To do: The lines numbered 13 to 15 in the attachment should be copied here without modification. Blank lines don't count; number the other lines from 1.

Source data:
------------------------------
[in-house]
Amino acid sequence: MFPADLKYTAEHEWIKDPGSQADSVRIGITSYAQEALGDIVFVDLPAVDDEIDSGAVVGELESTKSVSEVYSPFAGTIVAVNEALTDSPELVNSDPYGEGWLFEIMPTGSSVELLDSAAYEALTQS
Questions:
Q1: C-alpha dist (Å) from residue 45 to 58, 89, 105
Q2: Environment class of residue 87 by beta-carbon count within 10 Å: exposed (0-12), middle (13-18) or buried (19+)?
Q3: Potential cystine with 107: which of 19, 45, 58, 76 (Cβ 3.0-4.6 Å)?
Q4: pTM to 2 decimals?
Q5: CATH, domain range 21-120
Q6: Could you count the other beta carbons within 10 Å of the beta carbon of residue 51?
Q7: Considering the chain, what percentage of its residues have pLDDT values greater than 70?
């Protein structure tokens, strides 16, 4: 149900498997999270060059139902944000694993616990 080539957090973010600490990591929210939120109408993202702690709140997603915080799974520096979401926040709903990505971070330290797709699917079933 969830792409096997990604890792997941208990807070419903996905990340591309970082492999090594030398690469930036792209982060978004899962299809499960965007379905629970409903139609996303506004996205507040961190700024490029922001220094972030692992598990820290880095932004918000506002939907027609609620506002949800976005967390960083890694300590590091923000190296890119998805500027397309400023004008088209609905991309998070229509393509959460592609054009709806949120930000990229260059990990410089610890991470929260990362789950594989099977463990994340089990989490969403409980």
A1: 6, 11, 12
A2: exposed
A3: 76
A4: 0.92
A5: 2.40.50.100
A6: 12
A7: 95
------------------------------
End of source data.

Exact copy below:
A2: exposed
A3: 76
A4: 0.92